top of page

So you failed your Sterile Processing certification exam?

Well, I have good news and bad news. The good news is, you're not alone. Nearly 40% of Sterile Processing exam takers in the US walk away from the test with a failure notice.

And the bad news? Well, if you're reading this article, that means you're probably one of them. If not, you may be an educator, manager, co-worker, or friend who is trying to help someone cope with the gut-punch they just received after their exam.

Since I know the last thing you want to do after studying for months is read ANOTHER long article, I'll cut to the chase on this one.

#1 Failure does not define you.

Yep, I went with the cliché. But seriously, I get it. This exam was personal for you. It's your job after all. Everyone in your department probably knew you were going to take it, and everyone will be asking how you did when you get back to work. Unless you kept it all a big secret, folks will know that you didn't pass right off the bat.

So what? Those people in the testing center don't know you. They don't know how hard you worked, how long you studied, or how many other responsibilities you had at home that made it harder for you to study. And since they don't know you, they can't define who you are. This is one test, and one grade. You are defined by so much more.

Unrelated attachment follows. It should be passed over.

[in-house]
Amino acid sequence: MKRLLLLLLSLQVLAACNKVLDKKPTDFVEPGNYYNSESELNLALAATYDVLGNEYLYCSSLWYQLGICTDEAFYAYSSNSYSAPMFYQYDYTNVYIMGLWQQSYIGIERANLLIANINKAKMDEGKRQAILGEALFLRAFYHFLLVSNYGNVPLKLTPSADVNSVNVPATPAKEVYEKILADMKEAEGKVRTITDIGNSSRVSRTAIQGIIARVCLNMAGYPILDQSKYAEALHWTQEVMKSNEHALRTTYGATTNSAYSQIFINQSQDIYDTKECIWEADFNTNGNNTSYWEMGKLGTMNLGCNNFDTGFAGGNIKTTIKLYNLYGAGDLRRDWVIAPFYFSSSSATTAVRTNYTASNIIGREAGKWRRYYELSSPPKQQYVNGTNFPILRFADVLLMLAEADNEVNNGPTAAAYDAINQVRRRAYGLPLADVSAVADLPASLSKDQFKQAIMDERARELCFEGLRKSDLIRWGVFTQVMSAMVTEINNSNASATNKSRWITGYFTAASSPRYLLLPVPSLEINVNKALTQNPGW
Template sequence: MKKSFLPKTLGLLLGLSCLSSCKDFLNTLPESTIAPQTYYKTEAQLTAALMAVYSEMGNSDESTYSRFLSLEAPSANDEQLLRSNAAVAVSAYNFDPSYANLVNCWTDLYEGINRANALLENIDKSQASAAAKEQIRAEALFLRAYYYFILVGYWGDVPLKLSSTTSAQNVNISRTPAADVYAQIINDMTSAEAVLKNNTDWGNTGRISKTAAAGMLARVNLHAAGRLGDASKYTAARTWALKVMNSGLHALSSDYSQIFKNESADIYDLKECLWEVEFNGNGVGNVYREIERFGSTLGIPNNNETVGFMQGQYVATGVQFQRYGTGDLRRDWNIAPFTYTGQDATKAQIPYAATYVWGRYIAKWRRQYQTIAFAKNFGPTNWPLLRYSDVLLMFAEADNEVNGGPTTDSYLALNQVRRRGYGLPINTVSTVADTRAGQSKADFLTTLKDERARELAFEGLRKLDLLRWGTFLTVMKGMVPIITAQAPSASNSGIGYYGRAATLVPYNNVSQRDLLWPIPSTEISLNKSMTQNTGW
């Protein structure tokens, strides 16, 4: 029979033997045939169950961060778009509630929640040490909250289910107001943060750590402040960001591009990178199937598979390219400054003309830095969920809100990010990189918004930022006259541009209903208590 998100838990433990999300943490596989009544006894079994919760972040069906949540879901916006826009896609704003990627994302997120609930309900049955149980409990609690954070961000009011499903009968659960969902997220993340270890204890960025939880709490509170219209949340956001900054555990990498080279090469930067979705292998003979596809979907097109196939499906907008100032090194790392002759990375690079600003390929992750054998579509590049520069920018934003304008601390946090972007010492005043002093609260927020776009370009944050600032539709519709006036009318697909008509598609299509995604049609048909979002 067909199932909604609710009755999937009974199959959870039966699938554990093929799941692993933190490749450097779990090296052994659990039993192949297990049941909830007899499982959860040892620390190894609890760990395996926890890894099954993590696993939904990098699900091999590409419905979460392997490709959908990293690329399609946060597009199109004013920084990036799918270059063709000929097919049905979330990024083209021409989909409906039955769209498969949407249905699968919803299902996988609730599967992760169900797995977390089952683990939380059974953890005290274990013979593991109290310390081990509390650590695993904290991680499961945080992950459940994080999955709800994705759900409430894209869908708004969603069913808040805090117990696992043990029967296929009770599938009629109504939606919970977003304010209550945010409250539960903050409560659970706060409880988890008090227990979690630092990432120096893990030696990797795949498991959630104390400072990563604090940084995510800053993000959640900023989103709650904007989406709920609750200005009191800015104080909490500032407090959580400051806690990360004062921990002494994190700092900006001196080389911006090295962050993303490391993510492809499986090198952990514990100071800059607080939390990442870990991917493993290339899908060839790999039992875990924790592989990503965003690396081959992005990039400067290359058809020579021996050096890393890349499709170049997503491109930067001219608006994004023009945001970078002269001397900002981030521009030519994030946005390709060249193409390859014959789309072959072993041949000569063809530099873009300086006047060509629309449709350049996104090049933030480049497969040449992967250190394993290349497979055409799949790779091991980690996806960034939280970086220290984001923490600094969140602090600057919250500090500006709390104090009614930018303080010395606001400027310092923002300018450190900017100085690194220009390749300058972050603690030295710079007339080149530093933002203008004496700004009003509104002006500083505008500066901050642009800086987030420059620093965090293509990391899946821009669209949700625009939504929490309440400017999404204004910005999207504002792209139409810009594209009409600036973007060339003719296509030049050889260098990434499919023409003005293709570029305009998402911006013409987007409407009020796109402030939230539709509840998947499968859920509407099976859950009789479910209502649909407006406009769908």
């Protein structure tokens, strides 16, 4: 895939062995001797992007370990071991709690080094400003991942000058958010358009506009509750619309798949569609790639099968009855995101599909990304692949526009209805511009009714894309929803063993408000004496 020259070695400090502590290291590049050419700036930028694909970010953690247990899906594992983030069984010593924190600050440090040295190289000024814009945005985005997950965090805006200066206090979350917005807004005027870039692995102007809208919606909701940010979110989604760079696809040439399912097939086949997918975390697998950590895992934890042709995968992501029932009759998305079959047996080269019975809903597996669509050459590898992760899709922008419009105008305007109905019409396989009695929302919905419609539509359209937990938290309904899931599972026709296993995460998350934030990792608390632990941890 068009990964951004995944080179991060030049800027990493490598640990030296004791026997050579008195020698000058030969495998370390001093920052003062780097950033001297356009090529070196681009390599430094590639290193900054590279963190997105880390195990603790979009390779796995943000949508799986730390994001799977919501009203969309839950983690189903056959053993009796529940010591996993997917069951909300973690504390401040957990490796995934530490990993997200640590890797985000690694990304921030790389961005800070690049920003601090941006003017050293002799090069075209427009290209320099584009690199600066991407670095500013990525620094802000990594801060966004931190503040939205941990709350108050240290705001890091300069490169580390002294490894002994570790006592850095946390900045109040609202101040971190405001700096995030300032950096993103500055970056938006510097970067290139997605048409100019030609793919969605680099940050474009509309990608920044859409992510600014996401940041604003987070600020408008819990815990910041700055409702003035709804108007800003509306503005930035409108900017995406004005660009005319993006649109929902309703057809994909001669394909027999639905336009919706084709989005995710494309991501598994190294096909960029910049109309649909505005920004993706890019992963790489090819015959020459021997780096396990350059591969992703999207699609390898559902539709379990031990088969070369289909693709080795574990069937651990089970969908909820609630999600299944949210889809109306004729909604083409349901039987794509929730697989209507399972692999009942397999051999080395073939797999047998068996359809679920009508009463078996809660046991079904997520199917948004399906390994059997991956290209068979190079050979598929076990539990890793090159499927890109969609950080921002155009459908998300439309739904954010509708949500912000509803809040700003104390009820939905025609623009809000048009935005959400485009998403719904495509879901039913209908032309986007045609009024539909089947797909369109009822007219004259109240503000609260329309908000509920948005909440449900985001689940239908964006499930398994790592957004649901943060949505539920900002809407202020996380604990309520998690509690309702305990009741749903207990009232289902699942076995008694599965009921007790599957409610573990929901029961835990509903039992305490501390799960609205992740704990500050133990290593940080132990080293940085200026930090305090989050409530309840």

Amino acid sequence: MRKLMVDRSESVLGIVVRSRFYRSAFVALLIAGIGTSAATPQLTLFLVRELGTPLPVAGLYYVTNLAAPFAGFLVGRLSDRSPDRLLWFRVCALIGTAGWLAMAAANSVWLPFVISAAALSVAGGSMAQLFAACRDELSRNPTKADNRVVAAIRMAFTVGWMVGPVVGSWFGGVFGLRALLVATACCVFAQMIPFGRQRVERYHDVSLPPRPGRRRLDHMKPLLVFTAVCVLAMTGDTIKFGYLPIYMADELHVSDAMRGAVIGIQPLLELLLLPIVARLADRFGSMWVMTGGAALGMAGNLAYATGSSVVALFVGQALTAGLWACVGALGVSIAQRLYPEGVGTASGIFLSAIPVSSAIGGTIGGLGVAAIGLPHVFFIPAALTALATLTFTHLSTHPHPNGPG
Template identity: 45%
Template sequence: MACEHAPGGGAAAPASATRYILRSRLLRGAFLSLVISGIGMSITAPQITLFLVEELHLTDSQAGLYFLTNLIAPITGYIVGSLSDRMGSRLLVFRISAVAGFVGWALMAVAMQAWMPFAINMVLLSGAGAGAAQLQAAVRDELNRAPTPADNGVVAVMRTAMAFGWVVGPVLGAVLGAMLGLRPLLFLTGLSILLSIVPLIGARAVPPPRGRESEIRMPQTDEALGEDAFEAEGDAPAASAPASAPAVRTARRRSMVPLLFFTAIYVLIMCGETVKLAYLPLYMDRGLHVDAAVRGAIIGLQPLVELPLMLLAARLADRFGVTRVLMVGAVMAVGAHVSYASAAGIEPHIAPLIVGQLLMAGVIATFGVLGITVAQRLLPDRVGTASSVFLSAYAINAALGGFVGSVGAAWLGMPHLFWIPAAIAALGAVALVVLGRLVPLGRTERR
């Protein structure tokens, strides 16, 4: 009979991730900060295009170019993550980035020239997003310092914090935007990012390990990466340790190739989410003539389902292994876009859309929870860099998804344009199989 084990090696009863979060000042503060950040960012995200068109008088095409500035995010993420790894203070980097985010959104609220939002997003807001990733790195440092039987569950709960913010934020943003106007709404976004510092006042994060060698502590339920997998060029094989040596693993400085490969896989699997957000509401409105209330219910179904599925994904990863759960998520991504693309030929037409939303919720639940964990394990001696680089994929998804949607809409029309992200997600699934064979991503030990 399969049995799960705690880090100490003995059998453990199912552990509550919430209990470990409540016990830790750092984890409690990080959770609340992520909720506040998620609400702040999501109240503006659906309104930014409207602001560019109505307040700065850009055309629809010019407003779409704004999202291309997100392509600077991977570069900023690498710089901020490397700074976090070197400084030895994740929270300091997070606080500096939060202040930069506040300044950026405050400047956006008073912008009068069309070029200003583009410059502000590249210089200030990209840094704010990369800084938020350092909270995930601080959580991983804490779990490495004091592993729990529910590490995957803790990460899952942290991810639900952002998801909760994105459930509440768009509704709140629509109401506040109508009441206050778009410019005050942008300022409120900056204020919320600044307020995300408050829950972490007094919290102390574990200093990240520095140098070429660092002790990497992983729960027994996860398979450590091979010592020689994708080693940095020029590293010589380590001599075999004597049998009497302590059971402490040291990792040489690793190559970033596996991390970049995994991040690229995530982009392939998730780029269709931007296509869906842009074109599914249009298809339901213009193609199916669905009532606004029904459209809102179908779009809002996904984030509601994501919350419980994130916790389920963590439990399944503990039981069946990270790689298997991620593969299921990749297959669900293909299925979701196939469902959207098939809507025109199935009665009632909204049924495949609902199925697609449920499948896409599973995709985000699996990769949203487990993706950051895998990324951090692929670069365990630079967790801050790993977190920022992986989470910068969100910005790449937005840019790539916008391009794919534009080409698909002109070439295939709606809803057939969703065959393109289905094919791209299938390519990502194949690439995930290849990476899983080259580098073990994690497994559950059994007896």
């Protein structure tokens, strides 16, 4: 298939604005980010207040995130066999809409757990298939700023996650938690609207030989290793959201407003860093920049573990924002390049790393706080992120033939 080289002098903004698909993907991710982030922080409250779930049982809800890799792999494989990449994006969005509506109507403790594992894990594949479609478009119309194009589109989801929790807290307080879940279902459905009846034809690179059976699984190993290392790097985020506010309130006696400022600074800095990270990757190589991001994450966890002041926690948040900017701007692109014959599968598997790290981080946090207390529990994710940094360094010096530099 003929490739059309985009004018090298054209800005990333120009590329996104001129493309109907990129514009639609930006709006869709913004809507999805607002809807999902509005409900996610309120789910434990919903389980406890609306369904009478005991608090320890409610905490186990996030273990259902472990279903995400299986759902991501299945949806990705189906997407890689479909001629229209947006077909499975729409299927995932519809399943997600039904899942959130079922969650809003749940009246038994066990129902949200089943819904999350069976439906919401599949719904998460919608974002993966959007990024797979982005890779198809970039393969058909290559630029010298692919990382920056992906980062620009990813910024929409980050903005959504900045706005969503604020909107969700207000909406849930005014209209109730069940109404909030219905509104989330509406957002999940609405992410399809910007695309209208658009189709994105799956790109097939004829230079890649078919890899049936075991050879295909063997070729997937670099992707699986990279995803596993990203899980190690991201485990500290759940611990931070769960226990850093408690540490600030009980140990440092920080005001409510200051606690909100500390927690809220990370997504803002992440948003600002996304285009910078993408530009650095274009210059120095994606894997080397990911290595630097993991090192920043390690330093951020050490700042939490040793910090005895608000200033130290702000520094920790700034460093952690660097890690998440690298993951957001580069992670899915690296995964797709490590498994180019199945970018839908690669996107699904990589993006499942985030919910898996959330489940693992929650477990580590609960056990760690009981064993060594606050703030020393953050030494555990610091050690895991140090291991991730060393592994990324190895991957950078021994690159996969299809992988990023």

#2 Patients don't care if you're certified.

Take a step back for a second and think about this -- no patient ultimately cares if you have credentials. No one goes into their appendectomy saying to themselves, "Man, I hope that SPD tech is good at multiple choice!" At the end of the day, they just want a safe surgery. They want to come in and go back home in one piece, no complications, no issues.

So even if you bombed the exam this first time around, you've still got moms, dads, sisters, brothers, grandmas, grandpas, and babies who are counting on you to apply what you do know and keep them safe. A few letters on your name badge won't make you a superhero. Knowing your job and doing your job safely -- every instrument, every time. That's what Sterile Processing heroes are made of.

#3 Certification is not the end goal.

Even though certification is a great goal to have, just keep in mind that it's not an end goal. You don't arrive at the top of any mountain of knowledge just because you get a certificate in the mail. Even though it is an accomplishment to celebrate, think about it as more of a pit stop on the long road of career growth. These industry certifications are entry level, baseline certifications. They determine the bare minimum knowledge someone should have to be in our field. So that means that the majority of information, education, and insight into Sterile Processing isn't covered by any certification textbook. That's knowledge that you may already have and should continue building every day -- regardless of when you eventually pass your exam.


And on that point, I think you can and will pass. And WHEN you do, I want to hear from you. Email me at and let me know. I want to celebrate with you!